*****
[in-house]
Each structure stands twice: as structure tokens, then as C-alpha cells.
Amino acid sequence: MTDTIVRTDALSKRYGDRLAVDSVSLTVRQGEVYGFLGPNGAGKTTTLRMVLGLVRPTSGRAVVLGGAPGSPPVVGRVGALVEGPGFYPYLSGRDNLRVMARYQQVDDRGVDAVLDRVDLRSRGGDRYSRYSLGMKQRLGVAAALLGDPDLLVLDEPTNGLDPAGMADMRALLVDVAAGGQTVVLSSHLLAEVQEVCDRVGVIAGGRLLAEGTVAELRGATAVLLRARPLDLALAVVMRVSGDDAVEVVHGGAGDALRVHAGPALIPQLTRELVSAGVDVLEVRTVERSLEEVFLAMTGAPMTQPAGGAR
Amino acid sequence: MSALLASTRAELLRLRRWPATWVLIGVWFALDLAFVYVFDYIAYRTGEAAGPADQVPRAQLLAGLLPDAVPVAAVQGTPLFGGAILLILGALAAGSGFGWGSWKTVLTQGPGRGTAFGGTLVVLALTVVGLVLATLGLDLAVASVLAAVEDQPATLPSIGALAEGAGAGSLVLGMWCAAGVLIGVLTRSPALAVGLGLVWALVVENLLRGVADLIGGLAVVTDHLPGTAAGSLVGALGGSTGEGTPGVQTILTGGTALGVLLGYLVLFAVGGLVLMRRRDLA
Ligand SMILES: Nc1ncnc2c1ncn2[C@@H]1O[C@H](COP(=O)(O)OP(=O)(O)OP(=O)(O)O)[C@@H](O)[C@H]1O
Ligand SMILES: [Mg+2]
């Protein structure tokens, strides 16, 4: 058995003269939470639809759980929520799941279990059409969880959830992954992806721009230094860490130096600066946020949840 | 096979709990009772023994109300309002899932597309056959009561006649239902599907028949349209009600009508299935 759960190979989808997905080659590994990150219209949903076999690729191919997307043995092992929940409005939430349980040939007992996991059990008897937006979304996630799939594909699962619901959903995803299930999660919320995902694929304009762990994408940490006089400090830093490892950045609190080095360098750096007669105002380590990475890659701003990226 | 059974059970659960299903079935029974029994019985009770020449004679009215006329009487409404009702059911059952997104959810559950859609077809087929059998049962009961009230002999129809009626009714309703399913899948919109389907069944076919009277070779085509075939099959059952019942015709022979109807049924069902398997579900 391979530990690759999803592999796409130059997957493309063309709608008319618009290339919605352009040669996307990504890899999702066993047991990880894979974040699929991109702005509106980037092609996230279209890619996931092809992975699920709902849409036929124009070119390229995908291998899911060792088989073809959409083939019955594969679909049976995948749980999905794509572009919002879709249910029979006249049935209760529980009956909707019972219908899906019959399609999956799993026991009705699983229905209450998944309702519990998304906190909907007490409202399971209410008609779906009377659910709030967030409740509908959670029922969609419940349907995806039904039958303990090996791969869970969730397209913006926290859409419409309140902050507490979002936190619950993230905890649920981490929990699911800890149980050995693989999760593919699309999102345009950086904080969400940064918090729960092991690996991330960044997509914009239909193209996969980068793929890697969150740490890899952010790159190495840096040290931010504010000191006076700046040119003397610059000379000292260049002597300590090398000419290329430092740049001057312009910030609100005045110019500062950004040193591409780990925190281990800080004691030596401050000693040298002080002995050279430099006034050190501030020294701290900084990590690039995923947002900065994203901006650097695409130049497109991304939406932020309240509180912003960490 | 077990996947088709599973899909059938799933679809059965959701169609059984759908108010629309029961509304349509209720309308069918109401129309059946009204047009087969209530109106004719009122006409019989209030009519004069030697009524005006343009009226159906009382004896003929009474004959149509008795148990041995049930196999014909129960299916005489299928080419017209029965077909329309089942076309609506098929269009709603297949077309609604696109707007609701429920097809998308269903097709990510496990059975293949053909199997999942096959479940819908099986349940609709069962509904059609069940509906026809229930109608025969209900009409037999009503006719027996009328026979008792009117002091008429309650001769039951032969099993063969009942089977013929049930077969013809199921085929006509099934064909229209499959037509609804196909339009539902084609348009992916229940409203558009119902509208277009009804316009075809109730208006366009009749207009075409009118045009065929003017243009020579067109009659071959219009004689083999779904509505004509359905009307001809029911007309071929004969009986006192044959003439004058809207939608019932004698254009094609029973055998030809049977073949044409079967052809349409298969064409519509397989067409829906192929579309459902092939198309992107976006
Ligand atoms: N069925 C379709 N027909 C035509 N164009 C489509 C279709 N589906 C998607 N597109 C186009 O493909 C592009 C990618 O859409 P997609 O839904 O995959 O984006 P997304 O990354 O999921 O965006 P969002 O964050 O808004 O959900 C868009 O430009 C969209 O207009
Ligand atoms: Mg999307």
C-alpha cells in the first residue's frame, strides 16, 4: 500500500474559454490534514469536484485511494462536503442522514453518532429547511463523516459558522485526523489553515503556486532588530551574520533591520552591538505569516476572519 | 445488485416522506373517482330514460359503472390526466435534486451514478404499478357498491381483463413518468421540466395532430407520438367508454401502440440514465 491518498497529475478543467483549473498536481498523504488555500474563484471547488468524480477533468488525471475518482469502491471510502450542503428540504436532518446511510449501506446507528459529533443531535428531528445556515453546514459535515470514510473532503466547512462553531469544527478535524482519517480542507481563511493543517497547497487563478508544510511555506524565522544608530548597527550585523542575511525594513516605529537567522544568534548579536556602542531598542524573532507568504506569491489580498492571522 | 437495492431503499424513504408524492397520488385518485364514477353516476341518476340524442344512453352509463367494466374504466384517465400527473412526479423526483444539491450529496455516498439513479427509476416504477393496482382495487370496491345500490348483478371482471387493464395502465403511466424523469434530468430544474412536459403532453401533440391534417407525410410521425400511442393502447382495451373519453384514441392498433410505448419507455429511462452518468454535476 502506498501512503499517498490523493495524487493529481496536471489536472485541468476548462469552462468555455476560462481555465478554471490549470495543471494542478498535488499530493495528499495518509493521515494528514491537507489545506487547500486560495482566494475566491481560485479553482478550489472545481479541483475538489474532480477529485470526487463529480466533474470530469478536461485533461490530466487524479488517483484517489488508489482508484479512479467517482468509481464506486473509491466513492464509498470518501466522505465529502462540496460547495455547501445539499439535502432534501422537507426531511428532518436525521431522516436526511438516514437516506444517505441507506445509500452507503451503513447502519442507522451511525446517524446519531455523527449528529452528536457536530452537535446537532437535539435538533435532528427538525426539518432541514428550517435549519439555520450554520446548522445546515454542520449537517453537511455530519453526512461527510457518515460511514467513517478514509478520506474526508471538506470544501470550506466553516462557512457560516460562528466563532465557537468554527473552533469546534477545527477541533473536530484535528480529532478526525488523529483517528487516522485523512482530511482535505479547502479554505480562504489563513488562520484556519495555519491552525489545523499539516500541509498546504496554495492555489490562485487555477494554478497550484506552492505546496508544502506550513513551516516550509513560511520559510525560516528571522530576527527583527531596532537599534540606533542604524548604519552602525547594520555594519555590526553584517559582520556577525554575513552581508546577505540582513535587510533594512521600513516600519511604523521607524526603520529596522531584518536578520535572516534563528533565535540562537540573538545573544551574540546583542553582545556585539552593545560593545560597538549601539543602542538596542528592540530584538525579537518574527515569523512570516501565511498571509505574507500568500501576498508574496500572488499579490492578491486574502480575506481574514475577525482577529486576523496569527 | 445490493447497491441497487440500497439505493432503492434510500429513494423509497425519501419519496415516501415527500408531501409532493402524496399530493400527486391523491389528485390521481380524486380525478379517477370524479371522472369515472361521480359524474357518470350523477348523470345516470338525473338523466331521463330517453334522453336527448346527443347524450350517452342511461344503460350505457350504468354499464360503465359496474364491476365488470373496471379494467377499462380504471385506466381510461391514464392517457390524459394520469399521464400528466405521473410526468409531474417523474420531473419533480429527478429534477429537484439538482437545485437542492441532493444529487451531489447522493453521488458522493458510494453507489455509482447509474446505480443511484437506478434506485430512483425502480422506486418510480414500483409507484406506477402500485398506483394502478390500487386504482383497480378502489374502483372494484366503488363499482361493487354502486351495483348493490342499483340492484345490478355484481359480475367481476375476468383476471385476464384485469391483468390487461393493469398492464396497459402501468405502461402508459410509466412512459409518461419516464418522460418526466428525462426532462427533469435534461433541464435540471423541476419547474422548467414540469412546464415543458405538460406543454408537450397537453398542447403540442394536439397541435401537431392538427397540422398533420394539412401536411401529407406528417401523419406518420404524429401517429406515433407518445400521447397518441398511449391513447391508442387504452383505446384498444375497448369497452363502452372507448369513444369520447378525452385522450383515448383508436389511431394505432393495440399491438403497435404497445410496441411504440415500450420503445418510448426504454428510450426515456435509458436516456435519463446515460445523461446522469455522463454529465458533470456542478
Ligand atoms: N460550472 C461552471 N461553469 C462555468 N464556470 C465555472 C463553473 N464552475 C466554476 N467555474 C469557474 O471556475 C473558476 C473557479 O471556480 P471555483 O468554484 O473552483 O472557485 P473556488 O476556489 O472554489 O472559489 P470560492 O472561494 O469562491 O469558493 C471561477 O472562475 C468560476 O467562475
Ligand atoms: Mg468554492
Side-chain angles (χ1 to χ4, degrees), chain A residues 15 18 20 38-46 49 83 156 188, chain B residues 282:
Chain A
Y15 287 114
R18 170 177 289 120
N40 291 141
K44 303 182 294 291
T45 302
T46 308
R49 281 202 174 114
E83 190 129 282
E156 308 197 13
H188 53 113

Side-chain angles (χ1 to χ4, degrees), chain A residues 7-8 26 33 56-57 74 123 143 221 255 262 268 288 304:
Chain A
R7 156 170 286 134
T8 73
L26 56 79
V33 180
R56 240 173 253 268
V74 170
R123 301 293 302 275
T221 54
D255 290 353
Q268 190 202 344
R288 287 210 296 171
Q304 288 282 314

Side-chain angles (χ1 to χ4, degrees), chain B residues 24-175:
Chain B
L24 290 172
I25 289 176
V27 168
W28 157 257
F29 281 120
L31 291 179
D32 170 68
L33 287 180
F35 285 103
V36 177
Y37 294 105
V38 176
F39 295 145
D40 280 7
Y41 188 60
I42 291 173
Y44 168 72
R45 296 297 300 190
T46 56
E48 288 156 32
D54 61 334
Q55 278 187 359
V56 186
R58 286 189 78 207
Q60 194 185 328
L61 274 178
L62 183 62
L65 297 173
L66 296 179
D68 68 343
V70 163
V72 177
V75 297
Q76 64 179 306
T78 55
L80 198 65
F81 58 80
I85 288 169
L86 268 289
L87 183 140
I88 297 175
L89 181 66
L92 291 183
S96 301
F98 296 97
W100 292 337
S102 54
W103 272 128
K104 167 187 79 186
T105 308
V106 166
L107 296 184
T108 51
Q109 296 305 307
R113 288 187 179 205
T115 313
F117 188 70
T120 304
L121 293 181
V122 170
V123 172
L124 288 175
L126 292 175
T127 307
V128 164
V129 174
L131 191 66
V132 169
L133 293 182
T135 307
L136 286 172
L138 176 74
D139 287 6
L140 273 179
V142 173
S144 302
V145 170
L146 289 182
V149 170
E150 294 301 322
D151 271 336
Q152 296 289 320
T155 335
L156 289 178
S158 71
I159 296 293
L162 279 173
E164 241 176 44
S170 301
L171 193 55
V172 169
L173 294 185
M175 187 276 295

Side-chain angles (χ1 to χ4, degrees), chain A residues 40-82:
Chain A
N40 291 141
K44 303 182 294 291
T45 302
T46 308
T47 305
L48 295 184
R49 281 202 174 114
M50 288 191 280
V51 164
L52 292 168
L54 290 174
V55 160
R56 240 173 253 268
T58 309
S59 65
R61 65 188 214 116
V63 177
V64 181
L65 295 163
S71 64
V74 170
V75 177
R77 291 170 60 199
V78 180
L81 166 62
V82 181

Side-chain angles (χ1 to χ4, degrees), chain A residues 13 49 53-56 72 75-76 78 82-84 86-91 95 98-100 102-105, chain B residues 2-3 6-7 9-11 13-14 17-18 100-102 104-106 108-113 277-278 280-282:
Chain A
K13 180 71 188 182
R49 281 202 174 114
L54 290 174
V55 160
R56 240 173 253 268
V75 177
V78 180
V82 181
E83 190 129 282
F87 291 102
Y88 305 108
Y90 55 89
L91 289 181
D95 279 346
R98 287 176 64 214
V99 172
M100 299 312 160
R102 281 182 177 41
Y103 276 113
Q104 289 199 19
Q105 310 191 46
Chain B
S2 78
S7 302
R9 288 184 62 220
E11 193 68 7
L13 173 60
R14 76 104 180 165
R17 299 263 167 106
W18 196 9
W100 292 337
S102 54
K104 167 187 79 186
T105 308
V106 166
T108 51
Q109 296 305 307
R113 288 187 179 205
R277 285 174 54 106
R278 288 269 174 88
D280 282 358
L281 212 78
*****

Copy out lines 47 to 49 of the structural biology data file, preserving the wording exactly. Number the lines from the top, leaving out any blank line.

D32 170 68
L33 287 180
F35 285 103